Preference for religious diversity varies across party lines, with 61% of Democrats being almost three times as likely as Republicans (22%) in preferring religious diversity. Independents prefer religious diversity at 51%. Twenty-eight percent of Republicans prefer to live in a nation with a Christian majority, while 9% of Democrats share the same preference.
Only 15% of Nebraskans say they seldom or never interact with someone who doesn't share their ethnicity. Other differences showed respondents who say they seldom or never interact with someone who doesn't share their political party (15%), religion (19%) or sexual orientation (25%).
Nebraskans who do have some interactions with people of different backgrounds are interacting in the workplace by 63%. Similar to most Americans' experience of diversity, the workplace interactions are more common than any other social gatherings by nearly 15 percentage points, according to the survey.
Polarization drills down to the marriage of children, with 32% of Republicans saying they would be unhappy if their children married someone from the opposite party. At 27%, Nebraska Democrats are less likely than Democrats nationwide (45%) to be unhappy if their child marries a Republican.
"Nebraska Democrats show a little more tolerance toward Republicans than Democrats nationally, and they are more likely to have interactions with people of different parties within their families than Democrats nationally," said Jackson. "This reflects the more Republican-leaning nature of Nebraska. Democrats are realistic that, in a state where the partisan distribution leans against them, it's a real possibility their child could marry a Republican. They seem to have adjusted their expectations accordingly."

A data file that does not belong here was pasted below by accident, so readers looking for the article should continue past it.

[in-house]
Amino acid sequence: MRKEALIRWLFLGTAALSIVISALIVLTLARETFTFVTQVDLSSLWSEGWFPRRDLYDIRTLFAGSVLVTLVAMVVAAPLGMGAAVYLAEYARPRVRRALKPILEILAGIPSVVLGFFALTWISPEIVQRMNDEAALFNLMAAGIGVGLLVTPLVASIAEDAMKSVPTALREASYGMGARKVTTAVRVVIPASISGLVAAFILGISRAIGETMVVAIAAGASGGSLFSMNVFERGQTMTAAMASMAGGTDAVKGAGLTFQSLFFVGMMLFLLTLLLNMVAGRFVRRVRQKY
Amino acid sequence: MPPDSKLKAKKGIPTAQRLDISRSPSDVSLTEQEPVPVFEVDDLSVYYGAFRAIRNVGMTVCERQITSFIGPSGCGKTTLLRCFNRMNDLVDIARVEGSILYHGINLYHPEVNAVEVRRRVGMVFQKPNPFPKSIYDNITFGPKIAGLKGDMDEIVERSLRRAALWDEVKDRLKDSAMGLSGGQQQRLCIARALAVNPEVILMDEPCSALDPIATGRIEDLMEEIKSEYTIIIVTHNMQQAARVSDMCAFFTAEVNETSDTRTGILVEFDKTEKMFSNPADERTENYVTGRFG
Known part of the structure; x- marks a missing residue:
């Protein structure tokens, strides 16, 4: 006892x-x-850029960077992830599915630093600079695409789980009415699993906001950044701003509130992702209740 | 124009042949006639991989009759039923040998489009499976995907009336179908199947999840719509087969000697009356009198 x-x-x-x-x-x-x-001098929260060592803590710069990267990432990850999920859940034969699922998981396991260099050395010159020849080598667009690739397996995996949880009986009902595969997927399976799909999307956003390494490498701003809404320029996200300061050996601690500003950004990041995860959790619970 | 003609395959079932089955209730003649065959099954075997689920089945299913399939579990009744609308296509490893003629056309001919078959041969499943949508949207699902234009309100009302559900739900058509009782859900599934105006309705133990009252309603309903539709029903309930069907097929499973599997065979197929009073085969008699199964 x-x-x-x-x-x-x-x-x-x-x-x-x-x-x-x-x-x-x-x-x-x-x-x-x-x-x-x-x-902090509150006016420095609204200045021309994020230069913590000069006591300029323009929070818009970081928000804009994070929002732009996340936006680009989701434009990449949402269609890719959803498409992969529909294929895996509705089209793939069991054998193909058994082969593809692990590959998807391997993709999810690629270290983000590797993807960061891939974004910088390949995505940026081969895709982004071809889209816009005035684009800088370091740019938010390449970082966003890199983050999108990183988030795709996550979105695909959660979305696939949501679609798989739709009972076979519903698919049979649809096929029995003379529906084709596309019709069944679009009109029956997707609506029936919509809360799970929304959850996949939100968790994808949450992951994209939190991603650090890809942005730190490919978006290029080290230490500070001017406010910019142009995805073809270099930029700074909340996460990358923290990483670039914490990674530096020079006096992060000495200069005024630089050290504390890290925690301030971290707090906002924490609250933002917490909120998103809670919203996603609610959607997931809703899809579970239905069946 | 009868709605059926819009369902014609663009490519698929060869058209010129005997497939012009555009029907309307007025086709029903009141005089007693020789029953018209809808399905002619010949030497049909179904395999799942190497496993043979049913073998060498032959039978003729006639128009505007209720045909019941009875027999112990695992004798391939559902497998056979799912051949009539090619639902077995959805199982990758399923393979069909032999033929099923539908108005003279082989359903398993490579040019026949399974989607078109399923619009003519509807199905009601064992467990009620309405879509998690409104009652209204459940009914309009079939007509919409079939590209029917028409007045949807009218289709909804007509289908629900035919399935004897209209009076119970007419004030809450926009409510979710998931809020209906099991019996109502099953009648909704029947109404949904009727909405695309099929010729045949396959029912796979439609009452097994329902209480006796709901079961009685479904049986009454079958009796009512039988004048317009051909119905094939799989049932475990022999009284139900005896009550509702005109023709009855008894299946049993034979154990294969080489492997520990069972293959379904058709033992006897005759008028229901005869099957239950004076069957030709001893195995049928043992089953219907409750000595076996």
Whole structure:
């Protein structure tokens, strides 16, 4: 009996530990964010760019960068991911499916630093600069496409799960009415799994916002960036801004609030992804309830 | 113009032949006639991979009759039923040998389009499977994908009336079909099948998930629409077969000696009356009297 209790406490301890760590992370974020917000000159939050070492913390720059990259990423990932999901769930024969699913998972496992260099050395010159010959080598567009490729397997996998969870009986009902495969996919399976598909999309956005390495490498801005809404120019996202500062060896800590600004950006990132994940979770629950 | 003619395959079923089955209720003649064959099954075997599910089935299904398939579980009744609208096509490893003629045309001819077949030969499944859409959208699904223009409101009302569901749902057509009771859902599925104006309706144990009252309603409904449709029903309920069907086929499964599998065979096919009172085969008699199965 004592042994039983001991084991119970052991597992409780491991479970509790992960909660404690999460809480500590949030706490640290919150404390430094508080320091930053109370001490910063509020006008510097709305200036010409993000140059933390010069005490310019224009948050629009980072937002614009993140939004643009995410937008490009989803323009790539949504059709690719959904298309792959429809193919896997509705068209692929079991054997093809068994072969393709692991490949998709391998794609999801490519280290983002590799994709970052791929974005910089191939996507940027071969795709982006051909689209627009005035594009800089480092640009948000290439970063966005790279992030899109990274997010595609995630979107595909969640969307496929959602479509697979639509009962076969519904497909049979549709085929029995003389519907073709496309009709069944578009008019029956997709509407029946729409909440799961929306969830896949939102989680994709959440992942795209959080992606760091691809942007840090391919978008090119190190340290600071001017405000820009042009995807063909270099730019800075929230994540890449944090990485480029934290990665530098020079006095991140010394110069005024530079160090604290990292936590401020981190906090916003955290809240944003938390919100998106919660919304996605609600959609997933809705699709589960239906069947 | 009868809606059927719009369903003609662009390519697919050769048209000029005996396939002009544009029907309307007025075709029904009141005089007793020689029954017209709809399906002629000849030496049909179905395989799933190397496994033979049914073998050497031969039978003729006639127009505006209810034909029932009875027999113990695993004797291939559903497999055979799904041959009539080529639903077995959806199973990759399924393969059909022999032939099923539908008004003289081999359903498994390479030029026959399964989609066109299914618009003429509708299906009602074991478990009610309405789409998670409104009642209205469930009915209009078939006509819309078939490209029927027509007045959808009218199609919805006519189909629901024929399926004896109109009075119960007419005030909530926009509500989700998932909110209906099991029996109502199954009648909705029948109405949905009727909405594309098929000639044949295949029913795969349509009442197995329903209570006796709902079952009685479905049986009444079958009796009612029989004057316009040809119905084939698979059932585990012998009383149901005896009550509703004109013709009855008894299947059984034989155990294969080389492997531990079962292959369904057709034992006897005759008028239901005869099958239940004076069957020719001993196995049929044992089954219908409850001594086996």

Additional findings in the survey saw 58% of Nebraskans mostly believing the state is going in the right direction and 41% think it is on the wrong track.
Belief in the American dream still holds for 54% of Nebraskans, while 37% percent said it was once true, and 9% say it was never true. Politically, 71% of Republicans, 46% of Democrats and 45% of independents in Nebraska say the American dream still holds true.
[Elizabeth A. Elliott is the assistant editor at Enterprise Publishers in Blair, Nebraska. She most recently worked as a staff writer at the Arlington Catholic Herald in Arlington, Virginia.]